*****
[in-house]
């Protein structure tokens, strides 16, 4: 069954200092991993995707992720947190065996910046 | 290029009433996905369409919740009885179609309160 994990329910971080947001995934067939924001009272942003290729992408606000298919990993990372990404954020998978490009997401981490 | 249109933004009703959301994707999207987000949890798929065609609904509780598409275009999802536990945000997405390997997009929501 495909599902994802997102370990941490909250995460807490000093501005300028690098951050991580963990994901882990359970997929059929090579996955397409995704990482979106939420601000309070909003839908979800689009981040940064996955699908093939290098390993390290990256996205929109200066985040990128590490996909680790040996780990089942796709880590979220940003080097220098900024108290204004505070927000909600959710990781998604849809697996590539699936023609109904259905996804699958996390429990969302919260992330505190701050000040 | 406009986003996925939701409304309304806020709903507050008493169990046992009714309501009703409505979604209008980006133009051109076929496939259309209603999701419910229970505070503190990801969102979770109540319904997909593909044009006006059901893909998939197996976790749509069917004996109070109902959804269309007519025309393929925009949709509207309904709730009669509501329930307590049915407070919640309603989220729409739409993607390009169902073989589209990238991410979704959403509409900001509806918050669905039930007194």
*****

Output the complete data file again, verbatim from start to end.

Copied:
[in-house]
């Protein structure tokens, strides 16, 4: 069954200092991993995707992720947190065996910046 | 290029009433996905369409919740009885179609309160 994990329910971080947001995934067939924001009272942003290729992408606000298919990993990372990404954020998978490009997401981490 | 249109933004009703959301994707999207987000949890798929065609609904509780598409275009999802536990945000997405390997997009929501 495909599902994802997102370990941490909250995460807490000093501005300028690098951050991580963990994901882990359970997929059929090579996955397409995704990482979106939420601000309070909003839908979800689009981040940064996955699908093939290098390993390290990256996205929109200066985040990128590490996909680790040996780990089942796709880590979220940003080097220098900024108290204004505070927000909600959710990781998604849809697996590539699936023609109904259905996804699958996390429990969302919260992330505190701050000040 | 406009986003996925939701409304309304806020709903507050008493169990046992009714309501009703409505979604209008980006133009051109076929496939259309209603999701419910229970505070503190990801969102979770109540319904997909593909044009006006059901893909998939197996976790749509069917004996109070109902959804269309007519025309393929925009949709509207309904709730009669509501329930307590049915407070919640309603989220729409739409993607390009169902073989589209990238991410979704959403509409900001509806918050669905039930007194």